The controlling idea behind my analysis of the running of the bulls image revolves around the significant contribution this object has for Manuel’s Tavern. Removing this piece from the tavern would mean to take away some of the significant values and characteristics Manuel’s Tavern is widely recognized for. Values of courage, honor, and risk-taking vibrate from the image, while at the same time, its slanted orientation on the wall, although subtle, fits into the social atmosphere Manuel’s Tavern requires.
My direction for writing the analysis was influenced from having taken Professor Bosch’s class – English 101: Image, Ambiguity, and Argument – last semester. At first, I focused on specific figures, small details, and observed closely with intent. Once I grew confident in my understanding of what could be seen on the surface of the image, I began to think on the bigger scale and what this object represents in the world outside the frame. In this case, Manuel’s Tavern. Only until I felt I gathered as much information as I could from observation, inferring, and hypothesizing, I researched more about the history of bull running in Spain and the political reputation of Manuel’s Tavern. Upon gathering all this information, the ultimate question comes to the table to challenge the object. What is at stake? Why is this image on the wall of Manuel’s Tavern? What makes this picture of bull running different than other pictures of bull running. Most important of all, what would it mean for Manuel’s Tavern if this image were to be removed?
Working on this assignment, I believe I gained a greater understanding of rhetorical composition and writing as a process. This was my first time writing a more formal and lengthy analysis for a webpage. I looked to previous encounters with webpage articles for guidance on how to gain attention and authority of the audience over a webpage.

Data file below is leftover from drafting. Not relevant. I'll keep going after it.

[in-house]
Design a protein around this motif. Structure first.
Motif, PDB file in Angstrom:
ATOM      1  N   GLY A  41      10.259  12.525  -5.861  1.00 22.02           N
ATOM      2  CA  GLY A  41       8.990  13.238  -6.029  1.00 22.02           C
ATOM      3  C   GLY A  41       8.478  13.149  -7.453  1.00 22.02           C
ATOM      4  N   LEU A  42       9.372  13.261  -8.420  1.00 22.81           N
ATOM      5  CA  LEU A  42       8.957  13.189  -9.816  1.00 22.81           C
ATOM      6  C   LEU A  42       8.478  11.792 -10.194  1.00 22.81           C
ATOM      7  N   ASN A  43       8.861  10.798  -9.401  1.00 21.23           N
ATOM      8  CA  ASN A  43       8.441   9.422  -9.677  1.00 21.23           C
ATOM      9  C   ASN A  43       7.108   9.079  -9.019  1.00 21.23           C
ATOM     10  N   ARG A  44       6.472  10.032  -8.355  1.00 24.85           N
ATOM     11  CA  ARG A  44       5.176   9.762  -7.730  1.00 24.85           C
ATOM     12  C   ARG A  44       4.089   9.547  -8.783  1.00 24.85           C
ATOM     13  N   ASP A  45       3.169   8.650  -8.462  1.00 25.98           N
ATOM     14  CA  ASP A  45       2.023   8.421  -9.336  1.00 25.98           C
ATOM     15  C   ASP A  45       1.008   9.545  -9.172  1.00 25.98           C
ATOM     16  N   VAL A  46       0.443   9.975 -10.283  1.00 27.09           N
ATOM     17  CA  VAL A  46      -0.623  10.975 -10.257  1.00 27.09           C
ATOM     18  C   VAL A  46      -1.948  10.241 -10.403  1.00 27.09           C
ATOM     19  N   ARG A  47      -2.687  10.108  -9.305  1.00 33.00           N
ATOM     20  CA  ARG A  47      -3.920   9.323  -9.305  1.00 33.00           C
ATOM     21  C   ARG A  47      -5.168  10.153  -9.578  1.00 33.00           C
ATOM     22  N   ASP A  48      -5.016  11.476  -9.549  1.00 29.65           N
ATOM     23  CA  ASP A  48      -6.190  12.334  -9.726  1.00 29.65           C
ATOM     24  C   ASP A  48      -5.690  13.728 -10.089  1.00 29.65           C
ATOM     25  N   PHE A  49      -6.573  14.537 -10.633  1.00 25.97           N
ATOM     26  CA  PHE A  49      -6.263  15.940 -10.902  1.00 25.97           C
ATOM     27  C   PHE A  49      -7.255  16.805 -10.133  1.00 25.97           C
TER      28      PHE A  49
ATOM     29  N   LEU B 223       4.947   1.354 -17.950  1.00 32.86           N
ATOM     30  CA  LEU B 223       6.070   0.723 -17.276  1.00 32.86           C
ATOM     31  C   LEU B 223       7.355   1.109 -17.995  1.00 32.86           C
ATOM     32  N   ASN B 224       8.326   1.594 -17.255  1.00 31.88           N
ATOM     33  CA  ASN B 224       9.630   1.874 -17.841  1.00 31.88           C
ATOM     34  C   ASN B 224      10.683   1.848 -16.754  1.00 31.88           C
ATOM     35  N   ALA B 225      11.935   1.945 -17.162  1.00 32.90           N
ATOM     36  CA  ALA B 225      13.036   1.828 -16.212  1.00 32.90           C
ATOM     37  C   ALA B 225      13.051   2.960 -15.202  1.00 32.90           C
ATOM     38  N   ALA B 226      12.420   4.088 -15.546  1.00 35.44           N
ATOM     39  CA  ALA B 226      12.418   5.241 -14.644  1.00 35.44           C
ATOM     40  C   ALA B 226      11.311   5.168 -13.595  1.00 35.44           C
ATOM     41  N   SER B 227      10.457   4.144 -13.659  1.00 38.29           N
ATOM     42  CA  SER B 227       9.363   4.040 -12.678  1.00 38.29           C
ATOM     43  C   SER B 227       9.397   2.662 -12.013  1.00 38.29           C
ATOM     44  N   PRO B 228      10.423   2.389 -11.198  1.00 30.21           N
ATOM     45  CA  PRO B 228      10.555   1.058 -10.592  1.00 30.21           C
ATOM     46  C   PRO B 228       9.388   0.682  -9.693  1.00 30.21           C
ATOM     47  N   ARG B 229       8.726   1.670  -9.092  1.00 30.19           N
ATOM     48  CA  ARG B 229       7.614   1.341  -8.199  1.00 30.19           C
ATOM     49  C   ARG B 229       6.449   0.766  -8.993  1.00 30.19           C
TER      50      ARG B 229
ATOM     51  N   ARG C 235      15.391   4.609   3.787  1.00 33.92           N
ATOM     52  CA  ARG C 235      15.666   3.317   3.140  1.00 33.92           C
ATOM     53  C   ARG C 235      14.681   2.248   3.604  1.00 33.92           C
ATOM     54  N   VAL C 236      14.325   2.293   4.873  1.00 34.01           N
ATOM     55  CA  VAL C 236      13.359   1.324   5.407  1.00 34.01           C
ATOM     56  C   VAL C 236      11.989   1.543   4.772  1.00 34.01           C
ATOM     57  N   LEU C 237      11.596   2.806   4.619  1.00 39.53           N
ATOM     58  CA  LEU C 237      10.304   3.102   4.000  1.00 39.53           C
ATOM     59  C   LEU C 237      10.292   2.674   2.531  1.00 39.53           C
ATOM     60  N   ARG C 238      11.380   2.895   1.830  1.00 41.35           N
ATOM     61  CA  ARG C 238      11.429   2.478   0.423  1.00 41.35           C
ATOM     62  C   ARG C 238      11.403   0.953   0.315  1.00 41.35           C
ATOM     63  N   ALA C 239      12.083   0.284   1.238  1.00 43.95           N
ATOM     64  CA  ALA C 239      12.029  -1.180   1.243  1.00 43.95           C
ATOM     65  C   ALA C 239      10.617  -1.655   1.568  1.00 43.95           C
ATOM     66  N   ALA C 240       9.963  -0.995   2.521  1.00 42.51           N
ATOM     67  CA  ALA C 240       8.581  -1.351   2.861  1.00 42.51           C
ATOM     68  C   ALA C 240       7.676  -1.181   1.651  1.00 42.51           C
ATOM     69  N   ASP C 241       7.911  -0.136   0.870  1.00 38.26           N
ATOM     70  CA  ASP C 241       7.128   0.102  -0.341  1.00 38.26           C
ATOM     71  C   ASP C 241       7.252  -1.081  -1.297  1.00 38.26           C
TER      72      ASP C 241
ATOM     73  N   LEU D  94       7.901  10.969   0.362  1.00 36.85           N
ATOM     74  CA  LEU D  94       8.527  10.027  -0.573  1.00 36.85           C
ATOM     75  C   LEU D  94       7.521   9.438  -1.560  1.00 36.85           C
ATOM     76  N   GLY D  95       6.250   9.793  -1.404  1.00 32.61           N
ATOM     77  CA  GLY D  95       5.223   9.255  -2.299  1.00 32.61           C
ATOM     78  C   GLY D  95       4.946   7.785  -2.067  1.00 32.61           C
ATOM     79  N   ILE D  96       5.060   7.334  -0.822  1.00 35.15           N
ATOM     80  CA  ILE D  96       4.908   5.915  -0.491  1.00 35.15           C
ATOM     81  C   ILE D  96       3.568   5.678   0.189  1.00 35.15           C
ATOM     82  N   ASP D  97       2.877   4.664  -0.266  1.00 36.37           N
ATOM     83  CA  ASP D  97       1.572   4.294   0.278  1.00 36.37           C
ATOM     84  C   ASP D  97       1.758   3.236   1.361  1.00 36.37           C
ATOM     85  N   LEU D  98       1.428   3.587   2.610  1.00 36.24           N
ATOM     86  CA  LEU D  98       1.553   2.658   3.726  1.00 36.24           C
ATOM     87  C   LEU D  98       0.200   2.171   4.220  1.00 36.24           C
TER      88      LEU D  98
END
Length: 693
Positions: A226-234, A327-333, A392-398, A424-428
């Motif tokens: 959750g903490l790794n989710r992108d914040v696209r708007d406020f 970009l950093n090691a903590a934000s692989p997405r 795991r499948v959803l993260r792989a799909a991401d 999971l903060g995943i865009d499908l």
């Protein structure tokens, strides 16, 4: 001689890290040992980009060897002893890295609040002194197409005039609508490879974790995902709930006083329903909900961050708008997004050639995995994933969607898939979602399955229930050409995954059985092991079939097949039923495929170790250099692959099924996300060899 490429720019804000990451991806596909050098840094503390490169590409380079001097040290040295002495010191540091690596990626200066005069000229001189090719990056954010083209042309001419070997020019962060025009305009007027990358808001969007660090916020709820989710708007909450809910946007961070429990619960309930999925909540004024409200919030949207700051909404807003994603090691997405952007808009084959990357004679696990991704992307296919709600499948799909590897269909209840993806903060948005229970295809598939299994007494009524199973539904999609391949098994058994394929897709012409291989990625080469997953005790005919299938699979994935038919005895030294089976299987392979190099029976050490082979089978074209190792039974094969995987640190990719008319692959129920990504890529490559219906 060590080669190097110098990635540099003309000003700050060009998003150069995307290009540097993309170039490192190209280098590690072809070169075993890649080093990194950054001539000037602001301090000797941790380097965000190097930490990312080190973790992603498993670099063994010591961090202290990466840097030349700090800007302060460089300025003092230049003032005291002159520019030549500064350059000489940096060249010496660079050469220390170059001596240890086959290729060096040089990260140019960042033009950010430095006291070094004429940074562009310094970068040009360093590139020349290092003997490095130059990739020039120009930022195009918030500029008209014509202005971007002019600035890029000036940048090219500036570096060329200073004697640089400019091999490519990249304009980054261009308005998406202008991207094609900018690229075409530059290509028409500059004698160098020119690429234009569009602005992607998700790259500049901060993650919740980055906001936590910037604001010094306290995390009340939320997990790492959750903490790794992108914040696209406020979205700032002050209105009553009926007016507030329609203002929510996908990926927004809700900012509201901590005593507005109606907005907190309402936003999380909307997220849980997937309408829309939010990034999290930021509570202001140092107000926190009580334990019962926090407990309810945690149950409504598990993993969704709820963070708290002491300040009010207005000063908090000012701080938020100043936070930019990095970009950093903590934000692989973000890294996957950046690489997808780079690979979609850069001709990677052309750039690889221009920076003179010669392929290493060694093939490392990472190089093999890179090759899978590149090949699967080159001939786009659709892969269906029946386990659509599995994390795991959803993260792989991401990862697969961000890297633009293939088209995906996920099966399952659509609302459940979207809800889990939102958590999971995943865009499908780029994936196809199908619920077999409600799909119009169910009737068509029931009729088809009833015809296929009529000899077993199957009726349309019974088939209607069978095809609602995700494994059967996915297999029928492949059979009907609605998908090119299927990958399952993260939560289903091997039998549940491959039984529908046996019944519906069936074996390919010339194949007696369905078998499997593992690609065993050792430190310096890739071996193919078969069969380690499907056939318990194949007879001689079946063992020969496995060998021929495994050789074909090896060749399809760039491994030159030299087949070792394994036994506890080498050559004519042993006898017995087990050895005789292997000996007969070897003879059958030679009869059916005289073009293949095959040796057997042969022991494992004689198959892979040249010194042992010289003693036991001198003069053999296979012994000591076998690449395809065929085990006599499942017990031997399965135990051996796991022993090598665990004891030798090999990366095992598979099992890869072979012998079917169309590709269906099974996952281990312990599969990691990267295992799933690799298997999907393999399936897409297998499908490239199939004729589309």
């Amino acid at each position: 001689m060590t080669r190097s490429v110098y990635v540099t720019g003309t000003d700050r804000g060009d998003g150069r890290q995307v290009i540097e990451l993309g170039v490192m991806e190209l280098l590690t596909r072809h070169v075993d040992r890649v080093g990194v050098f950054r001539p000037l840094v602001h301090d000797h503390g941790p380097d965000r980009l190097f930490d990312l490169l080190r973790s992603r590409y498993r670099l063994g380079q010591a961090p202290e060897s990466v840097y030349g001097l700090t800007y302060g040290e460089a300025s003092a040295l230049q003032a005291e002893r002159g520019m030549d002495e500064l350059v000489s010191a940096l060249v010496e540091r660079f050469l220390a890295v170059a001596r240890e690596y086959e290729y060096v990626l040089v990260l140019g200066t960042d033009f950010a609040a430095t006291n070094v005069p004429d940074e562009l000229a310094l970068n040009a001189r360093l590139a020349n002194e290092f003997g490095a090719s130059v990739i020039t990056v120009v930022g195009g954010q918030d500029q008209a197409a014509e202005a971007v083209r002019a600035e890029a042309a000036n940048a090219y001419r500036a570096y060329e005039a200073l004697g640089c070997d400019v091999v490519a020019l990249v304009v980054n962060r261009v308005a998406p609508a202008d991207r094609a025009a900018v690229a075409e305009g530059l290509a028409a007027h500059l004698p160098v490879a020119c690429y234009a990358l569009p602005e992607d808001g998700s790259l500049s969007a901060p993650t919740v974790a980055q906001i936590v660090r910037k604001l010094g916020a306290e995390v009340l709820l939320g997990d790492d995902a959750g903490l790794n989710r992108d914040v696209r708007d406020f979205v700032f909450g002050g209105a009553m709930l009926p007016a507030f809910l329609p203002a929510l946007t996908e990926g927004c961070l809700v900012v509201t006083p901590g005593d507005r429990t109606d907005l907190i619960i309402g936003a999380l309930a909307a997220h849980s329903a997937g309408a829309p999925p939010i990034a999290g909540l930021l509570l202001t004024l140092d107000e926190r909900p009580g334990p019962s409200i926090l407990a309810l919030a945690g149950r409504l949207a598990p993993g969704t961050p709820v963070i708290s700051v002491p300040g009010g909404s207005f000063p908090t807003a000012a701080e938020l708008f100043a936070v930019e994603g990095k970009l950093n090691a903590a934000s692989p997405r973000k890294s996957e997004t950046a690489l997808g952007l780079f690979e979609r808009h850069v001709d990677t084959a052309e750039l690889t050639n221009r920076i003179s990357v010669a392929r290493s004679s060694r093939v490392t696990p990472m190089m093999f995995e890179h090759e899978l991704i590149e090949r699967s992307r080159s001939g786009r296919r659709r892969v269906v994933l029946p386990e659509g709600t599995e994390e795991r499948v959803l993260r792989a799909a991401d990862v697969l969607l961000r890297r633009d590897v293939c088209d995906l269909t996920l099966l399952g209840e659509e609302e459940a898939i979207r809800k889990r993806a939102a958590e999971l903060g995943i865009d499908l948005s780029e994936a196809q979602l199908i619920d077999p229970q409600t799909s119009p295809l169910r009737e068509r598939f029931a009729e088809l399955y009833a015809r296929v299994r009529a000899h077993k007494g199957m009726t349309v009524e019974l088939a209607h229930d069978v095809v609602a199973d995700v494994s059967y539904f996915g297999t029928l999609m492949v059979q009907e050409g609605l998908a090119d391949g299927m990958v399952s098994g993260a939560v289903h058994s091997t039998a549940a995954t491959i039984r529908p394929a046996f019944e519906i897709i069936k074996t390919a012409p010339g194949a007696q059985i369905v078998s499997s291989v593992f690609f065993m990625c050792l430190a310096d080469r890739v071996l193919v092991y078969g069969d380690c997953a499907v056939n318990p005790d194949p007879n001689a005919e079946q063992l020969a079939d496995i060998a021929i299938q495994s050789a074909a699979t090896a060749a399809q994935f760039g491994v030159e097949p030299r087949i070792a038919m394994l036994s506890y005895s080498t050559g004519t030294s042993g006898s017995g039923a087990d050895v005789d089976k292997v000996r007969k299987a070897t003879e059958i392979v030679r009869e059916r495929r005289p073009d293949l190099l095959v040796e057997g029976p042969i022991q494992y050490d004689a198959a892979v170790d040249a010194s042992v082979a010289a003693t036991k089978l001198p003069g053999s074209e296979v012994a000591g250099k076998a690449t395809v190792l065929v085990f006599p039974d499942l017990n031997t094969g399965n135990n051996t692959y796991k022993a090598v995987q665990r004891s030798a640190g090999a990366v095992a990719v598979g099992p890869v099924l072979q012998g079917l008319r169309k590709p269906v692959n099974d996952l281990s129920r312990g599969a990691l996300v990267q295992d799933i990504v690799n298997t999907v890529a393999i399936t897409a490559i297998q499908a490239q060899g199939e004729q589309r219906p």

As mentioned earlier, I used the knowledge I gained from ENG 101 as a foundation in analyzing my image. In addition to the several steps I took in analyzing the information, I had to revise and edit my argument so that it was tailored to and audience over the internet. This was a challenge I have not undertaken. Publishing on a medium where attention spans can be very small, I spent a considerable amount of time cutting down verbose language while maintaining an effective and content rich argument. Alongside editing, reflective writing on my draft was completed as a way to self-critique and self-improve. Re-visiting my work with days rest in between sessions allowed me to look at my argument from different perspectives.
Throughout this process, I have learned that writing over the internet can be significantly easier compared to writing on the everyday, standard, word-processing document. This however can be two sides of a coin. The ease of writing helps to promote brainstorming and overcome writer’s block, yet, irrelevant or unorganized content often comes alongside this. In future pieces of writing, I will focus on improving my organization of ideas before beginning to brainstorm fruitlessly.
The draft version of Running From the Bulls article can be found here and the revised version of Running From the Bulls article can be found here.